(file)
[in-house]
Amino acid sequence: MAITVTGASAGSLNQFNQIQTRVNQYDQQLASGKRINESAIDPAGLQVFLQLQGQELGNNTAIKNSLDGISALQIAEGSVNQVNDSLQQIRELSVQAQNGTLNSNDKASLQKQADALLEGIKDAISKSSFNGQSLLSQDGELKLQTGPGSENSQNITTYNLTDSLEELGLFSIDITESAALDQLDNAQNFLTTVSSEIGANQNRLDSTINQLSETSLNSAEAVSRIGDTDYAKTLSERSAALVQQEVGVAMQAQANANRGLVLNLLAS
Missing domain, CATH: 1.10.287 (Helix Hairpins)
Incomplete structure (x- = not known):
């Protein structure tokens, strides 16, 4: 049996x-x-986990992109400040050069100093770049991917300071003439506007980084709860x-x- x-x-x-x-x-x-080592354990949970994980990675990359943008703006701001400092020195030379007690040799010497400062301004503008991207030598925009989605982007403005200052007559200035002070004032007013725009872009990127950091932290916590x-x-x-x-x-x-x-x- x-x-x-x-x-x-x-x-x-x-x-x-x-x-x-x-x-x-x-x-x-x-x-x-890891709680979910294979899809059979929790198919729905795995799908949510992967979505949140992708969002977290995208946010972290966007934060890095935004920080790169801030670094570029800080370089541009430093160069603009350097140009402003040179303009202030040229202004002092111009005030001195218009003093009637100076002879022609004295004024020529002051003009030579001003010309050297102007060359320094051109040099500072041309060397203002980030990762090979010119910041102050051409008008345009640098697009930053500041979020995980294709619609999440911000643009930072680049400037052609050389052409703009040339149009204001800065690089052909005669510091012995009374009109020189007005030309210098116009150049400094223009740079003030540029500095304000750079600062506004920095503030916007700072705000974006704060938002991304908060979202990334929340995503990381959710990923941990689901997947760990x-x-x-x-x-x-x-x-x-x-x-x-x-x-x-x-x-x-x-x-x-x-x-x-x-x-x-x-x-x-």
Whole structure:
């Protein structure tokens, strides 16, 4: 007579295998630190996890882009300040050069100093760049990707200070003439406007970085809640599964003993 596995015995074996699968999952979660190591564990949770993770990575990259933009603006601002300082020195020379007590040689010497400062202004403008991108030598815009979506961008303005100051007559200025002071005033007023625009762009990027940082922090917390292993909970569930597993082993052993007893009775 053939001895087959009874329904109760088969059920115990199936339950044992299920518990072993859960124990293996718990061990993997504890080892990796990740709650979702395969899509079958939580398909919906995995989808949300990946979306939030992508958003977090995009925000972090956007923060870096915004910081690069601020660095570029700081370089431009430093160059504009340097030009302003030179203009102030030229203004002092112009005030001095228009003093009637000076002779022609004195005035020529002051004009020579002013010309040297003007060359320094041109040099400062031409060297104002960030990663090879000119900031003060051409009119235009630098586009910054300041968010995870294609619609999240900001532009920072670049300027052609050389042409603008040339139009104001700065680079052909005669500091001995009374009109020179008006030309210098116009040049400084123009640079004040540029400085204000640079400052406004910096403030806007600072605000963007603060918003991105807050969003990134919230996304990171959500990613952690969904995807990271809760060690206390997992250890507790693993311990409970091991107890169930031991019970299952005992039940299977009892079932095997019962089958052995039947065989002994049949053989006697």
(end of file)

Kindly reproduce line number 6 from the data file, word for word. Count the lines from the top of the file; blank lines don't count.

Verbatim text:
Whole structure: